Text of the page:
The next thing I knew, I was seated in one of Mrs. Sylvester’s dining room chairs, my arms and legs bound securely to the chair’s wooden counterparts. The party responsible for this state of affairs was none other than Tyler, as I gathered from the fact that he was still in the process of tying down my left leg with a length of clothesline. It was a knot that would have made any scout leader proud, were it not being used in the context of a violent home invasion. I thought back to the night of the Blood Moon Festival, those kids referring to Tyler as a spaz and a psycho. Well, I believed them now.

“Tyler, listen,” I said, “I don’t know what you think you’re doing, but it isn’t too late to stop. Whatever the problem is, we can figure it out. But let’s start with untying me.”

“Don’t listen to him, Tyler!” shouted Elle, who was standing nearby with Mimi. “He’ll say anything to get loose!”

Tyler didn’t listen. To me, I mean. He finished his knot and stood back, watching me uneasily. “What do we do now?” he said to the others. “No way that is going to hold him forever.”

“And it doesn’t matter whether it holds him or not, right?” Mimi said. “Not in the end. He’ll get what he wants no matter what.”

“What I want,” I said, rather exasperated now, “is to finish my dinner, preferably while not tied to my seat. Really, guys, I know you’re going through a lot of stuff right now, but this isn’t going to help anything.”

“He’s right,” Elle said grimly. “None of this is helping. He shrugged off everything we threw at him like it was nothing.”

Around this point, readers, it began to dawn on me that I was dealing with more than some adolescent prank. These kids weren’t thinking straight. Elle, for example, appeared to have heard only about half of my appeal to reason. All three were talking about me in the third person, as if I wasn’t there, or couldn’t understand them. My unease only grew as their conversation went on.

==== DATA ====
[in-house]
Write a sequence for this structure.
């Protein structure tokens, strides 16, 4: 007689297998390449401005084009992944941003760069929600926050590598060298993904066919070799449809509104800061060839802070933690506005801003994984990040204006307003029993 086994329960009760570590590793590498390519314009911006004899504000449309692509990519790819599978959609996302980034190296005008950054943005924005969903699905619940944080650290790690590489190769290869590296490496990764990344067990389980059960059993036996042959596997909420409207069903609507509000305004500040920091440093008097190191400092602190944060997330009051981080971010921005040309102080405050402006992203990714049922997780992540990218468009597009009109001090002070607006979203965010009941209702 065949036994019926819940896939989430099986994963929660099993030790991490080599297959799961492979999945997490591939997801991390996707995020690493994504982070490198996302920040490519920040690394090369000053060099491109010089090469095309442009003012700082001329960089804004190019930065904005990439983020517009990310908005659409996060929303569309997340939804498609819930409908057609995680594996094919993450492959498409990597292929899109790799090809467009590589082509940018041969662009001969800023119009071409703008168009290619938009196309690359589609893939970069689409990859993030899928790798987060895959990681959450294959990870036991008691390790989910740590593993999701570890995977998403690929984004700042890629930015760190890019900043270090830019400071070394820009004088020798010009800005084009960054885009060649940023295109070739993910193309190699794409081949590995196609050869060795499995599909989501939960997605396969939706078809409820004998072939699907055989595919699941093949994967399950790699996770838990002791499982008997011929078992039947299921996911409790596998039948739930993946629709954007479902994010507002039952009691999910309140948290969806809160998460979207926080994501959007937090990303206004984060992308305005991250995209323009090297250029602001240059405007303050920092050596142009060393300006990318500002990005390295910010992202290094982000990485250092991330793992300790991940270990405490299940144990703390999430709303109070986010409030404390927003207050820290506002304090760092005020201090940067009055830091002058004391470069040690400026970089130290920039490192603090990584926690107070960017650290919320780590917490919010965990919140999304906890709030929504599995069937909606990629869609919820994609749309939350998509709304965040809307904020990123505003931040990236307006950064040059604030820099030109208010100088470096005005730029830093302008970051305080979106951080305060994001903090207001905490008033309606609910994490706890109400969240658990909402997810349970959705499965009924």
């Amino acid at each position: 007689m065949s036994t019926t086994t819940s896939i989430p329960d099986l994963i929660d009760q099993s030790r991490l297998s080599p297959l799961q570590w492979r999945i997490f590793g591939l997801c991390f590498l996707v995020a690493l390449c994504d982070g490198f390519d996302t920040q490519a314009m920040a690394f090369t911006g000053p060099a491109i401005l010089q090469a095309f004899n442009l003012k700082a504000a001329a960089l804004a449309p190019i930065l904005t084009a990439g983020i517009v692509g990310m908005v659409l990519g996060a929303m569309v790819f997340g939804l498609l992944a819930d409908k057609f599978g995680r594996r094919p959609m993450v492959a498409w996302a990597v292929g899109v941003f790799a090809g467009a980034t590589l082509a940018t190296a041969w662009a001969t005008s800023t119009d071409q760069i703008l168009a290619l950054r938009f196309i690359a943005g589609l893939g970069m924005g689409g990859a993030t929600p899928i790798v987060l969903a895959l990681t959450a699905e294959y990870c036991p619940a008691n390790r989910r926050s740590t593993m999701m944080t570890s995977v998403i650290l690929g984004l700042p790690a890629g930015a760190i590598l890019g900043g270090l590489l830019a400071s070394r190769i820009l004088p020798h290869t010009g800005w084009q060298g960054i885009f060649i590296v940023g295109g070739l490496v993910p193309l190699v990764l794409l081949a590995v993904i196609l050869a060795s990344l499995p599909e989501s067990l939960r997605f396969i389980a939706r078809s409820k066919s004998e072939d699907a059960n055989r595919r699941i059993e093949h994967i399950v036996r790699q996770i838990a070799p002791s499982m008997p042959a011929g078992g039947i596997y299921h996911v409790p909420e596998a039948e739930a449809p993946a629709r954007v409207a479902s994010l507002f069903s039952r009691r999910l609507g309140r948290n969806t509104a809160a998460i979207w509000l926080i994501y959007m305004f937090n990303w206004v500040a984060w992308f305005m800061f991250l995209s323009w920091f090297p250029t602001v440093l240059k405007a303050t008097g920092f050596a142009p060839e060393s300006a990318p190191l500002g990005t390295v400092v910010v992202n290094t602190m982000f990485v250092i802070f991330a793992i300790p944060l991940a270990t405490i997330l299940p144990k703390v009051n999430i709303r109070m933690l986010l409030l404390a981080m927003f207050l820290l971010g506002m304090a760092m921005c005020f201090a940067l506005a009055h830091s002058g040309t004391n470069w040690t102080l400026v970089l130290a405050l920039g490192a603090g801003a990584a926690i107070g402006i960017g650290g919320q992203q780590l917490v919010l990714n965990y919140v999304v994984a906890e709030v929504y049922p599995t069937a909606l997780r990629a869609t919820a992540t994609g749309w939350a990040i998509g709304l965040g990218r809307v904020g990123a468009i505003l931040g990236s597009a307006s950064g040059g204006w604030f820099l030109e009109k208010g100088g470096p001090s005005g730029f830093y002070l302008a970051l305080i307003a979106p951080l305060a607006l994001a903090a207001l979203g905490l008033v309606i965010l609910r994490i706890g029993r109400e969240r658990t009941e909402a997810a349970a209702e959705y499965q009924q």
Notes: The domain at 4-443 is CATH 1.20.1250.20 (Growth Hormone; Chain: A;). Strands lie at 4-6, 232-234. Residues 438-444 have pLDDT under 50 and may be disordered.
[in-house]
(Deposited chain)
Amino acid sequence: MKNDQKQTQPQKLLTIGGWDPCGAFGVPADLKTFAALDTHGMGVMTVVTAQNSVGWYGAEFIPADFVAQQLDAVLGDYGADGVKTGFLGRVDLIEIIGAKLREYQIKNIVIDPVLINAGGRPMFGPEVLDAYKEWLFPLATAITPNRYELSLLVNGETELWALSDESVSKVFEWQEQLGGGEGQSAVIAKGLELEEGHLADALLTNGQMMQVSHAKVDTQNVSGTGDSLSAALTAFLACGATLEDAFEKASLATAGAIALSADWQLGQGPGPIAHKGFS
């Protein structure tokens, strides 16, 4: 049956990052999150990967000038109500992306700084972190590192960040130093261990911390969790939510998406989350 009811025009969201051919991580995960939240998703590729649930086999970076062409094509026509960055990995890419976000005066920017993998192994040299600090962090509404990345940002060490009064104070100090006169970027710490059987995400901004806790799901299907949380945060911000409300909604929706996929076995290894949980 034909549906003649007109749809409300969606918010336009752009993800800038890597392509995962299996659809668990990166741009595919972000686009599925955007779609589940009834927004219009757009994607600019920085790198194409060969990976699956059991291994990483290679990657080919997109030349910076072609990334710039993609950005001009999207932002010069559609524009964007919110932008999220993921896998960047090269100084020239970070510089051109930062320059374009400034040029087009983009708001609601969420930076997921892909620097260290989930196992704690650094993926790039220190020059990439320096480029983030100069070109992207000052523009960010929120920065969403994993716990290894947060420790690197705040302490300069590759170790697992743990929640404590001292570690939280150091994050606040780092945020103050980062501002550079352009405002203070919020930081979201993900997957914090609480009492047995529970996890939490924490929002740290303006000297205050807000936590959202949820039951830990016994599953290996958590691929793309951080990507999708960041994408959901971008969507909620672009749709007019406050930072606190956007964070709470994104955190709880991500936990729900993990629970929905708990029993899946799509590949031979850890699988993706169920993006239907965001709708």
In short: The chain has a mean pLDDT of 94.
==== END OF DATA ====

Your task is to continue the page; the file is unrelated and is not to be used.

“It has to be the heart, right?” Tyler said. “That singularity thing we read about. This guy—” (And here, readers, he aimed a finger directly at my nose) “—this isn’t actually him. It’s just a puppet.”

He meant me, readers. I was just a puppet. Not a person, not actually a “him”. Merely a thing.

“But the heart could be anything, right?” Mimi asked. “The well of power from the Outer Void or whatever? He could be hiding it anywhere.”

“Then we’ve got to find it,” Elle declared. “We’ve got to find the heart and destroy it. When we do, it should destroy him, too.”

“What, you mean like a horcrux?” I shouted, horrified. “Are you insane?”

And the thing is, readers, I think they were insane—or, at least, very confused. These three were operating within a very different world, I could tell—and Tyler’s reference to the “thing we read about” gave me some idea of which world that was. It was the world I’d heard them discussing that day at Prism Bay Literary Merchants; somehow it had made the leap from make-believe to reality, enough to eclipse the real world, at least for these three. And isn’t an inability to distinguish fantasy from reality the very definition of insanity? In a legal sense, at least, the answer was yes, and at this thought, my mind flashed to tales of teenagers taking their Dungeons and Dragons role-play to violent extremes, then to Peter Jackson’s beautiful but disturbing Heavenly Creatures.